Types of sound effects.
When it comes to professional sound design and editing, audio and sounds are grouped into four major categories.
1. Isolated sounds are normal, everyday noises that you hear in daily life. Car beeps, barking dogs and jackhammers in a busy city are all isolated sounds. Isolated sound effects are usually easy to find in sound effect libraries and if you want something basic, like the sound of a door closing, royalty-free collections of audio clips will almost certainly have what you’re looking for.
2. Speciality effects are new sounds created especially for a production. Speciality effects are especially popular for fantasy and sci-fi. A dragon’s roar or the low hum of a lightsaber are not sounds that exist in the real world, so they have to be created.
3. Foley sounds, like speciality effects, are created specifically for a production. Often, Foley artists will time their sounds to whatever is happening on screen. If a character is walking through gravel, a Foley artist will record themselves doing the same, timing their steps with the character on screen. Foley effects are named after Jack Foley, an early sound effects designer who worked during the first years of sound filmmaking.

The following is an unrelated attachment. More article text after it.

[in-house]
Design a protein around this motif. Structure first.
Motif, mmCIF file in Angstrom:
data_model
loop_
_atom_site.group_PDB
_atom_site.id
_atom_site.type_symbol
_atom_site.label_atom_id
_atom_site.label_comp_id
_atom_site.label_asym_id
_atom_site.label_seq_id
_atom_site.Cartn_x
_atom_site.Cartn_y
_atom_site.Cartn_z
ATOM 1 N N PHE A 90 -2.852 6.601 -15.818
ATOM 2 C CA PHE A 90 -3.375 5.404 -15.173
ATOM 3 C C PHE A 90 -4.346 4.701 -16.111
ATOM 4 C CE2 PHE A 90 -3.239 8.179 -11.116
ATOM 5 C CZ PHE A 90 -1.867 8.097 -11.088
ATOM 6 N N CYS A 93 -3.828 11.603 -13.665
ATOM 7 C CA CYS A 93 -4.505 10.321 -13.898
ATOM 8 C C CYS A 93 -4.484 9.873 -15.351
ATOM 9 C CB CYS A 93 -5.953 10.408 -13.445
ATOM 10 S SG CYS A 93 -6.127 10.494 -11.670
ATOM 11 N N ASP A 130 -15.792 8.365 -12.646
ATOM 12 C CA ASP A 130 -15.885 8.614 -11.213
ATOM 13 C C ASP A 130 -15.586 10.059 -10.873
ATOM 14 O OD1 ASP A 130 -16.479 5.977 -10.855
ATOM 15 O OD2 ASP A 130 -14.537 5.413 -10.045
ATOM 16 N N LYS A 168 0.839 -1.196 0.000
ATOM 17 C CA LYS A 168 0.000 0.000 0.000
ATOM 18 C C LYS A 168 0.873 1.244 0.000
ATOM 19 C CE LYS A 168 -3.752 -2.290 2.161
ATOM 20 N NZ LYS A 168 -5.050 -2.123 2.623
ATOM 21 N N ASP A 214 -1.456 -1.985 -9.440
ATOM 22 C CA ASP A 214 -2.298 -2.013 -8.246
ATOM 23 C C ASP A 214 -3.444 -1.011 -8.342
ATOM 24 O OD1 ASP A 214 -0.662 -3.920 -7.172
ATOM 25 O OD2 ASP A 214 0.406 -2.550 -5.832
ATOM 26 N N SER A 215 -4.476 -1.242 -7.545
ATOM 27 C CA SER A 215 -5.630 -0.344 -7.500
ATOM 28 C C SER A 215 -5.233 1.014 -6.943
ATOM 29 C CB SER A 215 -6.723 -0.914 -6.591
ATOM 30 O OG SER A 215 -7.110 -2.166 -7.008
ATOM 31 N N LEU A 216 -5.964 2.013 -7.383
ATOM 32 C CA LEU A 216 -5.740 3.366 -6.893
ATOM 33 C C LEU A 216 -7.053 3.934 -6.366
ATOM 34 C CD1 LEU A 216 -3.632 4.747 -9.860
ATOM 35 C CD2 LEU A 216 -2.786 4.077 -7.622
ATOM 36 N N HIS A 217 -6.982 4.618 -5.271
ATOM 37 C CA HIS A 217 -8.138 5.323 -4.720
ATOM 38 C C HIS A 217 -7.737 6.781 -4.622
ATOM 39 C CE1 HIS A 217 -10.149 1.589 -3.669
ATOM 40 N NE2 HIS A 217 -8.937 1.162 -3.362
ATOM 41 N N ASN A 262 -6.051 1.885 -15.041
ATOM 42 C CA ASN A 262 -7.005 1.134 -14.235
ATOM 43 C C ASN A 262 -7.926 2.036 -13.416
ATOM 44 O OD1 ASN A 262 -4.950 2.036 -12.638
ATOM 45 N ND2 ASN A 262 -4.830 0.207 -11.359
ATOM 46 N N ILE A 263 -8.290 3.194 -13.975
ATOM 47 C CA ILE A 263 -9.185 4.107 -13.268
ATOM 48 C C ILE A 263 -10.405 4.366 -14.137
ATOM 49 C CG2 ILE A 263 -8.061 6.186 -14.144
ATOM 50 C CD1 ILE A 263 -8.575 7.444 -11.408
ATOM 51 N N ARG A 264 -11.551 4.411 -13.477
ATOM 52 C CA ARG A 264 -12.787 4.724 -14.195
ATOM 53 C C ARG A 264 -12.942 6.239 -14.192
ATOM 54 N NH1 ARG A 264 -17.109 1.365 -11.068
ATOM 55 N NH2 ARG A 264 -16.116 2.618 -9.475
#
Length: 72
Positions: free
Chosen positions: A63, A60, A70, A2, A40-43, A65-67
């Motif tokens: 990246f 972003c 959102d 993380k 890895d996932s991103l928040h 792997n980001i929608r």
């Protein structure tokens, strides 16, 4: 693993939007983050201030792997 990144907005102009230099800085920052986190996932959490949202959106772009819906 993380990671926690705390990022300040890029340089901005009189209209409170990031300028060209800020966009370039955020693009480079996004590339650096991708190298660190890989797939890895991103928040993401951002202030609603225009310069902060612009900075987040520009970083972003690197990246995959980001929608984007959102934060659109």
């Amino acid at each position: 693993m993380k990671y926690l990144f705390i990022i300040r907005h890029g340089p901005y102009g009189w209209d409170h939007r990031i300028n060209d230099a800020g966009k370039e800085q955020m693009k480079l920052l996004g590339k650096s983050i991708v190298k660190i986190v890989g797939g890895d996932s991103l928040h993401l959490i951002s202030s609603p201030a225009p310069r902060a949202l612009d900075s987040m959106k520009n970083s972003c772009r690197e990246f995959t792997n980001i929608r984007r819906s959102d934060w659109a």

4. Ambience is the background sound of a given environment. The background noise of a city street is different from the background noise of a forest, which is different from the background noise of an office building. Every scene requires background ambience, otherwise it risks sounding unnatural.
Sources for sound effects.
There are two major ways to get sound effects for a production: Create them or license them. Most larger productions will create sound effects in-house, employing a Foley artist to create customised effects that match the needs of their media.
Smaller productions, though, usually rely on existing resources. Many original sound effects are archived in a sound effects library or bundled into a sound effects pack sold for commercial use. If you don’t have the budget for original sound, plenty of websites offer free, high-quality sound effects under a Creative Commons licence, along with other resources like royalty-free music.